Thyrotoxic myopathy is a neuromuscular disorder that may accompany hyperthyroidism (Graves' disease, caused by overproduction of the thyroid hormone thyroxine). Symptoms may include muscle weakness, myalgias (muscle tenderness), wasting of the pelvic girdle and shoulder muscles, fatigue, and/or heat intolerance. Thyroid myopathy may be associated with rhabdomyolysis (acute muscle breakdown), damage to the muscles that control eye movement, and temporary, but severe, attacks of muscle weakness that are associated with low blood potassium levels (known as periodic paralysis).
Treatment involves restoring normal levels of thyroid hormone and may include thyroid drugs, radioactive iodine, and sometimes partial or complete surgical removal of the thyroid.
With treatment, muscle weakness may improve or be reversed.
The NINDS supports a broad range of research on neuromuscular disorders such as thyrotoxic myopathy. Much of this research is aimed at learning more about these disorders and finding ways to prevent and treat them.
National Institute of Diabetes and Digestive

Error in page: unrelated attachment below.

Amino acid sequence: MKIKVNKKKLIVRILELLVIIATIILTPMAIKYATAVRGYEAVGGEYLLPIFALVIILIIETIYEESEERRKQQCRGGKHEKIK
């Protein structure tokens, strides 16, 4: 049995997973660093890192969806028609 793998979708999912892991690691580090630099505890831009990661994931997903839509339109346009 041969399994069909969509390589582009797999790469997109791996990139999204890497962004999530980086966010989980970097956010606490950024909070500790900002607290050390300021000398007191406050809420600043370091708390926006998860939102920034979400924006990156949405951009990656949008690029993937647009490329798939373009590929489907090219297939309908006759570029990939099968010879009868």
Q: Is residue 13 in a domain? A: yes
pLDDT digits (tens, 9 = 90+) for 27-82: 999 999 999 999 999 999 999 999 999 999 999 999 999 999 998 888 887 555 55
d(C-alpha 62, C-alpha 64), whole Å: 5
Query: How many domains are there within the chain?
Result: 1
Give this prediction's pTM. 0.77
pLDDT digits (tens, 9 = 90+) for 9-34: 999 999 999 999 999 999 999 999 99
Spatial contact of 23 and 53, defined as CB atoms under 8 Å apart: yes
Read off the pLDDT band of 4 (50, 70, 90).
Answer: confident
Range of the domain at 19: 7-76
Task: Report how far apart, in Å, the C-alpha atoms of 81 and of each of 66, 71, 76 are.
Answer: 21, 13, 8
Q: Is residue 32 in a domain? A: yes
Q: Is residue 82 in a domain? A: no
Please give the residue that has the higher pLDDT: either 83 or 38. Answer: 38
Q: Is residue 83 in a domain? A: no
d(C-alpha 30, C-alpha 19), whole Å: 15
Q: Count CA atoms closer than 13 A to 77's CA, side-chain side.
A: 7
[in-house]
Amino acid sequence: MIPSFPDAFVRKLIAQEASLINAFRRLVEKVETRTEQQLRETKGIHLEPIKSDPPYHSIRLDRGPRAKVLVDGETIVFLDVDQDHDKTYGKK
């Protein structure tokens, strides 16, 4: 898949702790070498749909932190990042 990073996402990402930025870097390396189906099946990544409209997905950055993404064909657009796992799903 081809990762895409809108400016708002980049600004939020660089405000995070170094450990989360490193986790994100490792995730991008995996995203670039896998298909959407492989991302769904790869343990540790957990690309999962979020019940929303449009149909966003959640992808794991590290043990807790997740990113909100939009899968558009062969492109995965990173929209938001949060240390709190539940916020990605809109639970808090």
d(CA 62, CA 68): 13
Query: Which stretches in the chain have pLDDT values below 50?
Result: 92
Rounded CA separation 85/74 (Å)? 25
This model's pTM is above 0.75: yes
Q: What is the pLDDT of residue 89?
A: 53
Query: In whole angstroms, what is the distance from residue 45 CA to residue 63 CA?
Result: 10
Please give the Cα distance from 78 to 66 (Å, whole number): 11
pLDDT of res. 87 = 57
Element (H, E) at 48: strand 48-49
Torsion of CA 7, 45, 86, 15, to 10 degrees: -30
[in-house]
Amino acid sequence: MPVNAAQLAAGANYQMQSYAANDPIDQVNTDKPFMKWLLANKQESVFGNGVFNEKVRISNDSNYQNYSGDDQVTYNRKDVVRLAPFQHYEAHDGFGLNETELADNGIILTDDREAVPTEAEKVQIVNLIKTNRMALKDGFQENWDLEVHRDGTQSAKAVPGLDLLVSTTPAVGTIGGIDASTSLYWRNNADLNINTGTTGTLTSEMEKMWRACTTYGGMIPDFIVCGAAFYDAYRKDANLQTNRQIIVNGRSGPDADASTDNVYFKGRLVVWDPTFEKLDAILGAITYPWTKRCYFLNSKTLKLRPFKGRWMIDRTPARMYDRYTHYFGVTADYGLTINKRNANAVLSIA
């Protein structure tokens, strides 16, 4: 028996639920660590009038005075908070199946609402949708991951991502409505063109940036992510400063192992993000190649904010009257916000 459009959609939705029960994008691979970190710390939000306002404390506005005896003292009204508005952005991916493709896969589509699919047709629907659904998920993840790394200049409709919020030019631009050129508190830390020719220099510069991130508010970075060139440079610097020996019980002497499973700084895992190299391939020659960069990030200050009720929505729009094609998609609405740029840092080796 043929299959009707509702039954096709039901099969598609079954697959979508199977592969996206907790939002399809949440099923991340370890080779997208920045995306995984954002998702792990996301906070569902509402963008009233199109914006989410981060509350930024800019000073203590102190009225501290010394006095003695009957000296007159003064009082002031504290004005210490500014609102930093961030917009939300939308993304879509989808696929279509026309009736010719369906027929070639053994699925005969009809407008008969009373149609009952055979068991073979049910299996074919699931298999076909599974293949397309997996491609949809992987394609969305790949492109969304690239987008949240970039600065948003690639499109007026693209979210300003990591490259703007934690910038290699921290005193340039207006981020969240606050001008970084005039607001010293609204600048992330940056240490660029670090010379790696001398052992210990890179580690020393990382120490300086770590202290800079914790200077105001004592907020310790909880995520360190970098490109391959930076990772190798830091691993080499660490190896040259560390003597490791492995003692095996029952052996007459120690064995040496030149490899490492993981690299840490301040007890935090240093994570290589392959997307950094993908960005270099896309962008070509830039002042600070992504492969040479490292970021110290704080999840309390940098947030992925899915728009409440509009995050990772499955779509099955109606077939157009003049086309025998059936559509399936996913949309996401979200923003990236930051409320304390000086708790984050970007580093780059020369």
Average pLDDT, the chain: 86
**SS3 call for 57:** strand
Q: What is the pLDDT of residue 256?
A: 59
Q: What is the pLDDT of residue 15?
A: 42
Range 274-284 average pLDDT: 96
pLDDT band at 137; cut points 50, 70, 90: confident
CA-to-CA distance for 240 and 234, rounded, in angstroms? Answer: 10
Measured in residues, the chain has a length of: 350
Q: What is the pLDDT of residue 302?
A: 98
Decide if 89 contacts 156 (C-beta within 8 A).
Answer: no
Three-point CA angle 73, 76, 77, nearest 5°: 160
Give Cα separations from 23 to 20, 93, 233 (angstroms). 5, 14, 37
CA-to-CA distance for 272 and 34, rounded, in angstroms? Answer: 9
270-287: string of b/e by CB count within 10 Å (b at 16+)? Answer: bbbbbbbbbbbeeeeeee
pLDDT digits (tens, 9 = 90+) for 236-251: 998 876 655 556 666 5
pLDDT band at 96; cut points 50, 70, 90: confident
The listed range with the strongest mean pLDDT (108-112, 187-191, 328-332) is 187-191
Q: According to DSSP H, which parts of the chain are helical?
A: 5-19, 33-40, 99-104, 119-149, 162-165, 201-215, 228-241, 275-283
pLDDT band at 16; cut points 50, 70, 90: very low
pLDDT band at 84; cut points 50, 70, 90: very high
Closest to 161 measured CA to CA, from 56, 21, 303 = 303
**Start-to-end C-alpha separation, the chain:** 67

and Kidney Diseases (NIDDK)
National Institutes of Health, DHHS
31 Center Drive, Rm. 9A06 MSC 2560
Bethesda, MD 20892-2560
Tel: 301-496-3583 TTY: 866-569-1162
Muscular Dystrophy Association
National Office - 222 S. Riverside Plaza
Chicago, IL 60606
Office of Communications and Public Liaison
National Institute of Neurological Disorders and Stroke
National Institutes of Health
Bethesda, MD 20892
NINDS health-related material is provided for information purposes only and does not necessarily represent endorsement by or an official position of the National Institute of Neurological Disorders and Stroke or any other Federal agency. Advice on the treatment or care of an individual patient should be obtained through consultation with a physician who has examined that patient or is familiar with that patient's medical history.
All NINDS-prepared information is in the public domain and may be freely copied. Credit to the NINDS or the NIH is appreciated.
Last Modified October 4, 2011